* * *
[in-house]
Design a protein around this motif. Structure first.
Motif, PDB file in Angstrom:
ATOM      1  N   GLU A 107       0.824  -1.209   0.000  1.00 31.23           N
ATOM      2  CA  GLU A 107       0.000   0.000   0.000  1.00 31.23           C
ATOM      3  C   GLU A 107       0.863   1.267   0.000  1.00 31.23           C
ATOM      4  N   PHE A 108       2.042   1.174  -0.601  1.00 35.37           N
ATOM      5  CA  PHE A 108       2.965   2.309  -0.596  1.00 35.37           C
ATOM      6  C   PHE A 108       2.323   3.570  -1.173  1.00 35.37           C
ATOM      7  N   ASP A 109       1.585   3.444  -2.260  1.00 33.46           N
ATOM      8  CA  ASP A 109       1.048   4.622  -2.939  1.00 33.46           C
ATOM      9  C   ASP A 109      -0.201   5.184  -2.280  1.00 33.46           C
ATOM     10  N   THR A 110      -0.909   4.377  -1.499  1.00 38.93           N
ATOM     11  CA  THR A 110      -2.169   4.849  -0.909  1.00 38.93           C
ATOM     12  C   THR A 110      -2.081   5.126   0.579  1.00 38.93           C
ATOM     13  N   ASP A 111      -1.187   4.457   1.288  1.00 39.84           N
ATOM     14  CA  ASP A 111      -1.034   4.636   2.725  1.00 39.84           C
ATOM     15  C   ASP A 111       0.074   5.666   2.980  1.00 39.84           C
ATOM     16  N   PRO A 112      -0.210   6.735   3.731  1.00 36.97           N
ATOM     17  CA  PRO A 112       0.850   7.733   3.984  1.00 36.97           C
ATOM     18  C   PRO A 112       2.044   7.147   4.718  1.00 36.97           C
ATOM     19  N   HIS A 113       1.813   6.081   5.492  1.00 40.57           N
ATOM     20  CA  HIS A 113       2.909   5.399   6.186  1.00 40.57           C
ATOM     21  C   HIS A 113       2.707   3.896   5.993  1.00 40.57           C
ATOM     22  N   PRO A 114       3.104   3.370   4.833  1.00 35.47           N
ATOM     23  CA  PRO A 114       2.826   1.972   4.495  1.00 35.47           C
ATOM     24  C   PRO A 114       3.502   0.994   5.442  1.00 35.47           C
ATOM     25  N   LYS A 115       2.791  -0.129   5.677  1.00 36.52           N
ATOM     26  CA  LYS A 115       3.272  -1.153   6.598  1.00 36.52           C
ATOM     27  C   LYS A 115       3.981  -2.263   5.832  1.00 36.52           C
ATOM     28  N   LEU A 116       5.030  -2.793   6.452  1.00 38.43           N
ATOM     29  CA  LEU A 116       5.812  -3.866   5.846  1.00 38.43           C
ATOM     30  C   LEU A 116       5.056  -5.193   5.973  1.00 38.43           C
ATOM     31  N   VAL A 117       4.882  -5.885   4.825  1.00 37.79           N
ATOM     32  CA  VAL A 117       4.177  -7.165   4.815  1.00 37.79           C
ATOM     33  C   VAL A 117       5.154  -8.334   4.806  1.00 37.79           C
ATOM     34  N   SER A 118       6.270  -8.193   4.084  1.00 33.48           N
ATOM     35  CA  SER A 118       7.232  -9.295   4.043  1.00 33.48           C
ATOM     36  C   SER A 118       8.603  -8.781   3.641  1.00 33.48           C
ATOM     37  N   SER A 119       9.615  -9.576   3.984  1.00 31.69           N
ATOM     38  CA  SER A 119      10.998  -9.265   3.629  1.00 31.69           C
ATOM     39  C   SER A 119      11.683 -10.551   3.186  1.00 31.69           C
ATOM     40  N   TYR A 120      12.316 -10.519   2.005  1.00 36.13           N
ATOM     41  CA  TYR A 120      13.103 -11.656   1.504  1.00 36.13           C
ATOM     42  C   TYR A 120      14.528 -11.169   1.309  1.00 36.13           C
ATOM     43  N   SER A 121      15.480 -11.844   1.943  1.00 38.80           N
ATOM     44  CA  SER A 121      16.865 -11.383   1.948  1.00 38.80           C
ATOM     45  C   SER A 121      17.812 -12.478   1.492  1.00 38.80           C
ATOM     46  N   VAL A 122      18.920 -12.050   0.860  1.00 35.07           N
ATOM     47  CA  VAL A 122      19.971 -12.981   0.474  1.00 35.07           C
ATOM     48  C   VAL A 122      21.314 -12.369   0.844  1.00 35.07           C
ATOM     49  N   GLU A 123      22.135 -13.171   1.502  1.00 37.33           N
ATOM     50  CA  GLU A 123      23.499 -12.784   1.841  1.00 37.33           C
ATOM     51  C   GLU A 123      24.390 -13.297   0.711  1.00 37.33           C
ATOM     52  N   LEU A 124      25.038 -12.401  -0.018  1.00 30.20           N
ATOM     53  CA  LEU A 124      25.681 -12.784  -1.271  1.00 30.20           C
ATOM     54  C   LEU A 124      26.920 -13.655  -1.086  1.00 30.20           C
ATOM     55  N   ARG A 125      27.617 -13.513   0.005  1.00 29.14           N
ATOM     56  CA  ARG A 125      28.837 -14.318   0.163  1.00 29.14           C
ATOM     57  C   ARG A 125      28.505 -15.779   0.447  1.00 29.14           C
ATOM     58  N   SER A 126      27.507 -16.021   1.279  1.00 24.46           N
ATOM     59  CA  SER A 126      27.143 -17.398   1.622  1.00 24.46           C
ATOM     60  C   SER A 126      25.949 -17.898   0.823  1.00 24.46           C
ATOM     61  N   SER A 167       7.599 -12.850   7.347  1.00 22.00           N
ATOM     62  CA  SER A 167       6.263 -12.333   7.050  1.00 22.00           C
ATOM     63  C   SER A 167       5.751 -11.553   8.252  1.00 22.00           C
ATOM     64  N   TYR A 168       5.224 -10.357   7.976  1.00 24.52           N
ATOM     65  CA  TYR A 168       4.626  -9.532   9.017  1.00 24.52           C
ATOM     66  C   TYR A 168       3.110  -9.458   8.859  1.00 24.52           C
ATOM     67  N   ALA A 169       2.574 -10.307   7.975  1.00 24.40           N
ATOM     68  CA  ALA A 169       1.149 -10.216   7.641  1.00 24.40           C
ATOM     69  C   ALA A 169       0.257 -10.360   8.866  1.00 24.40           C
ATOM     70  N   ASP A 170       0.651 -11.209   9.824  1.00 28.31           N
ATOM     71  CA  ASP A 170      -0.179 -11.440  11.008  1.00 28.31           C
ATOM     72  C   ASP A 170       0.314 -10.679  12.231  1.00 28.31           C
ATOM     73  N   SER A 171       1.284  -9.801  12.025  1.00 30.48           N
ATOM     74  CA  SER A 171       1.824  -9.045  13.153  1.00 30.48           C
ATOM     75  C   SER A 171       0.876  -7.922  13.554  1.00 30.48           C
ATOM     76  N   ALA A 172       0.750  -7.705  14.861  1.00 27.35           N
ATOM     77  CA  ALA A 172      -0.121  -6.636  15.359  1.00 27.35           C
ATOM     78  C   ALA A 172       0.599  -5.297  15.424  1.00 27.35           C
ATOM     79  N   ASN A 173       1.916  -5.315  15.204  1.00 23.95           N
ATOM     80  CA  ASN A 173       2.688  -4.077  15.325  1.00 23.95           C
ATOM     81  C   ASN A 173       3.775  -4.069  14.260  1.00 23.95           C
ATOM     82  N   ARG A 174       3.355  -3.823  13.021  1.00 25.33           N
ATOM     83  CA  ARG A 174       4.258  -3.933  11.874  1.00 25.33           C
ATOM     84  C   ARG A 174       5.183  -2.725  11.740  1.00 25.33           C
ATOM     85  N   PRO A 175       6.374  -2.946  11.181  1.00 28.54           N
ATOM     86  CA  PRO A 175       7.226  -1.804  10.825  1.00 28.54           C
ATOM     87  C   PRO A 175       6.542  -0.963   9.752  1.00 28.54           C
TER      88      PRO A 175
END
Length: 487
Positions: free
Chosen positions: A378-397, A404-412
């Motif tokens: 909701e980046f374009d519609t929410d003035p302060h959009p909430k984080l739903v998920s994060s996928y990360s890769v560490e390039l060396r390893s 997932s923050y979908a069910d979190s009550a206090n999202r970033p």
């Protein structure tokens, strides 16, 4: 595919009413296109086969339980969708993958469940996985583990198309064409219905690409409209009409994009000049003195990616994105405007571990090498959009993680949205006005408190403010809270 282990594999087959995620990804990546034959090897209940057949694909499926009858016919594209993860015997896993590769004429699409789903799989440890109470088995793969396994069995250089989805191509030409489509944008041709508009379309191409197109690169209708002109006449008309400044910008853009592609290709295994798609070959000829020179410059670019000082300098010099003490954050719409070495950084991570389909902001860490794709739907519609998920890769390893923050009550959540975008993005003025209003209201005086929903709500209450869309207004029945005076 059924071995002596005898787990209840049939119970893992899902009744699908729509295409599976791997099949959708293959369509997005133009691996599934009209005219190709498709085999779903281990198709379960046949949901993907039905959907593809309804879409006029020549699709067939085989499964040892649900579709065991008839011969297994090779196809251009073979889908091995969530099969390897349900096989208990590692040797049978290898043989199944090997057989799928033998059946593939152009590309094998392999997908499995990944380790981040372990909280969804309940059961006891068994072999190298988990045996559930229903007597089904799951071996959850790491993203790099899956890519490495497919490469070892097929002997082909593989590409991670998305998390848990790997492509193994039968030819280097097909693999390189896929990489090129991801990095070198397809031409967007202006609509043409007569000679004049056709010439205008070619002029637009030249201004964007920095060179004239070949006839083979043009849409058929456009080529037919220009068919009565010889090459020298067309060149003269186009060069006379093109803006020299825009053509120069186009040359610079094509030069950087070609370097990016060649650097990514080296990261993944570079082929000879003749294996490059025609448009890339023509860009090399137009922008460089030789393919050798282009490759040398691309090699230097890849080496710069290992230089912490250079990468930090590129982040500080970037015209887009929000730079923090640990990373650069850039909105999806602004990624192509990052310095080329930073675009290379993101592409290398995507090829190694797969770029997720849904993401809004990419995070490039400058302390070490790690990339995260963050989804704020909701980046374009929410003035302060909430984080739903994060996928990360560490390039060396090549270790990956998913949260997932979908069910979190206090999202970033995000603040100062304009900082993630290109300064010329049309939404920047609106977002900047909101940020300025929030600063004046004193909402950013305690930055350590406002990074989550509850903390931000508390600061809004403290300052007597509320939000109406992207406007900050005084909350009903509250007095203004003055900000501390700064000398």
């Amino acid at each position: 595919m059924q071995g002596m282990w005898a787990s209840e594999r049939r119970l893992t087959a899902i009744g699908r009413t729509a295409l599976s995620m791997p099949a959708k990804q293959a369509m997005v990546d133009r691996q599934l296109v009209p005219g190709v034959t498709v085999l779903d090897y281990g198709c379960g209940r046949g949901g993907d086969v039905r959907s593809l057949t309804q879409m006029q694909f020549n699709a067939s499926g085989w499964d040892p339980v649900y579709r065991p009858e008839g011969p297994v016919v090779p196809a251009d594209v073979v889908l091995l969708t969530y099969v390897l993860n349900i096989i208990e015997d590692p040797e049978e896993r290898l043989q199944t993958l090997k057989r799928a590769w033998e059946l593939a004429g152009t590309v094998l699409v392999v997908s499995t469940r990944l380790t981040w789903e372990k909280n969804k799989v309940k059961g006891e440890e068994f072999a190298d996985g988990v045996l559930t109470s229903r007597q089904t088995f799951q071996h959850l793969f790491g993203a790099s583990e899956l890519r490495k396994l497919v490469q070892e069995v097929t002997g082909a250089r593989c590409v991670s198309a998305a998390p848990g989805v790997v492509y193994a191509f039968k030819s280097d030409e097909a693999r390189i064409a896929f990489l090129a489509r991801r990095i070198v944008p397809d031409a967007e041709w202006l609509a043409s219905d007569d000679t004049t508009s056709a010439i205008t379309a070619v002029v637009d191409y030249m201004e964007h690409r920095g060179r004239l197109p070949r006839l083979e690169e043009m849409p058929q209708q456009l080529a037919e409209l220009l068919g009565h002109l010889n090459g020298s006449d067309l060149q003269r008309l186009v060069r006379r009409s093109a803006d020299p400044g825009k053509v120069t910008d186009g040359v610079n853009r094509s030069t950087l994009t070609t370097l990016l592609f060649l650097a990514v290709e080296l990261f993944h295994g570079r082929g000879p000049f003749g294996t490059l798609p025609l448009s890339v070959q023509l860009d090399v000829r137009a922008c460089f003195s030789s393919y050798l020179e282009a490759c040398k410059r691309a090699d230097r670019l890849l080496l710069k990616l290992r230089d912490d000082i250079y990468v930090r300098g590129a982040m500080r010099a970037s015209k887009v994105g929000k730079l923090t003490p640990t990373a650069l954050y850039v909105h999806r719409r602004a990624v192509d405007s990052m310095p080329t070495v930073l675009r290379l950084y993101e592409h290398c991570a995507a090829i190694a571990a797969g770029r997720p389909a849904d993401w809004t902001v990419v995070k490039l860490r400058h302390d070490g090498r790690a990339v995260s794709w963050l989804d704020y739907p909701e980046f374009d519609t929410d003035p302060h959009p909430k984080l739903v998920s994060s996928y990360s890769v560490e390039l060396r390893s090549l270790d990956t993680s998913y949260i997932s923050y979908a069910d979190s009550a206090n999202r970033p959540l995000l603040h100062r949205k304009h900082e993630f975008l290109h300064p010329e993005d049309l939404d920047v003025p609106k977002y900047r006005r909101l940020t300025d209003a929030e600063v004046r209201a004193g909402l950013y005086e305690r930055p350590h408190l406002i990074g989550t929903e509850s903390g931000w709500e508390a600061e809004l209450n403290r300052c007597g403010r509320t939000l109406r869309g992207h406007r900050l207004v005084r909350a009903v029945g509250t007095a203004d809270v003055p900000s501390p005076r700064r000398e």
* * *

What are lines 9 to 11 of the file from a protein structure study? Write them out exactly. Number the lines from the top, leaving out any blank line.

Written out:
ATOM      6  C   PHE A 108       2.323   3.570  -1.173  1.00 35.37           C
ATOM      7  N   ASP A 109       1.585   3.444  -2.260  1.00 33.46           N
ATOM      8  CA  ASP A 109       1.048   4.622  -2.939  1.00 33.46           C